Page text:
Later this morning, I hope to be present at the Parish Eucharist in the Church of Saint Mary and Saint Giles in Stony Stratford.
Before this day gets busy, I am taking some time this morning for reading, prayer and reflection.
This morning I am reflecting in these ways:
1, One of the readings for the morning;
2, A reflection on the Feast of Christ the King;
3, a prayer from the USPG prayer diary, ‘Pray with the World Church.’
Luke 23: 33-43 (NRSVA):
33 When they came to the place that is called The Skull, they crucified Jesus there with the criminals, one on his right and one on his left. [34 Then Jesus said, ‘Father, forgive them; for they do not know what they are doing.’] And they cast lots to divide his clothing. 35 And the people stood by, watching; but the leaders scoffed at him, saying, ‘He saved others; let him save himself if he is the Messiah of God, his chosen one!’ 36 The soldiers also mocked him, coming up and offering him sour wine, 37 and saying, ‘If you are the King of the Jews, save yourself!’ 38 There was also an inscription over him, ‘This is the King of the Jews.’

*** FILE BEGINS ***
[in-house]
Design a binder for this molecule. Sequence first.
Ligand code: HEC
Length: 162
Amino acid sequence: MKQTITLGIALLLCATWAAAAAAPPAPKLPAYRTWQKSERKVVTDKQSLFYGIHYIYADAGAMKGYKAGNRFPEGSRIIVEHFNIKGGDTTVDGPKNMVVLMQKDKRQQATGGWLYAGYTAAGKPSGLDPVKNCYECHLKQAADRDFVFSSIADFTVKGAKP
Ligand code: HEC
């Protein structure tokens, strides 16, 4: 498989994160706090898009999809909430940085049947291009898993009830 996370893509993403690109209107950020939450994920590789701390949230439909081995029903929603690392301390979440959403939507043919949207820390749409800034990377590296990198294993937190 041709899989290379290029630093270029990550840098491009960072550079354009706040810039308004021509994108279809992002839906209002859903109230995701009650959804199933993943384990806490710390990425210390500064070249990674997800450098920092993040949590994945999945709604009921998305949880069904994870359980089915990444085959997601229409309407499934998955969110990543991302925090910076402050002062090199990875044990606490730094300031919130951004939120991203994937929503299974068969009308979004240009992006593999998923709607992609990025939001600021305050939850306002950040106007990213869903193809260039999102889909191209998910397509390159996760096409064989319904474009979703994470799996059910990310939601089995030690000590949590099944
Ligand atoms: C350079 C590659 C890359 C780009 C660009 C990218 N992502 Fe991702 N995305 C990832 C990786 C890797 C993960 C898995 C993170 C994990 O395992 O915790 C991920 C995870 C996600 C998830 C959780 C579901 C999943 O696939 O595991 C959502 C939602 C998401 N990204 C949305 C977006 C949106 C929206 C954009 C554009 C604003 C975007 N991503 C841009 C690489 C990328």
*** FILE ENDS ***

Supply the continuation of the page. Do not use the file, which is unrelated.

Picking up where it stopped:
39 One of the criminals who were hanged there kept deriding him and saying, ‘Are you not the Messiah? Save yourself and us!’ 40 But the other rebuked him, saying, ‘Do you not fear God, since you are under the same sentence of condemnation? 41 And we indeed have been condemned justly, for we are getting what we deserve for our deeds, but this man has done nothing wrong.’ 42 Then he said, ‘Jesus, remember me when you come into your kingdom.’ 43 He replied, ‘Truly I tell you, today you will be with me in Paradise.’
Christ the King:
There are few Anglican churches dedicated to Christ the King, but they include the Church of Christ the King in Gordon Square, Bloomsbury, London, now used by Forward in Faith.
The Feast of Christ the King is a recent innovation in the Church calendar. It was first suggested at the end of 1925 when Pope Pius XI published an encyclical, Quas Primas, in which he castigated secularism in Europe and declared that the secular powers ought to recognise Christ as King and that the Church needed to recapture this teaching.
At the time, the entire idea of kingship was quickly losing credibility in western societies, not so much to democracy but to burgeoning fascism – Mussolini was in power in Italy since 1922, and a wave of fascism was about to sweep across central Europe.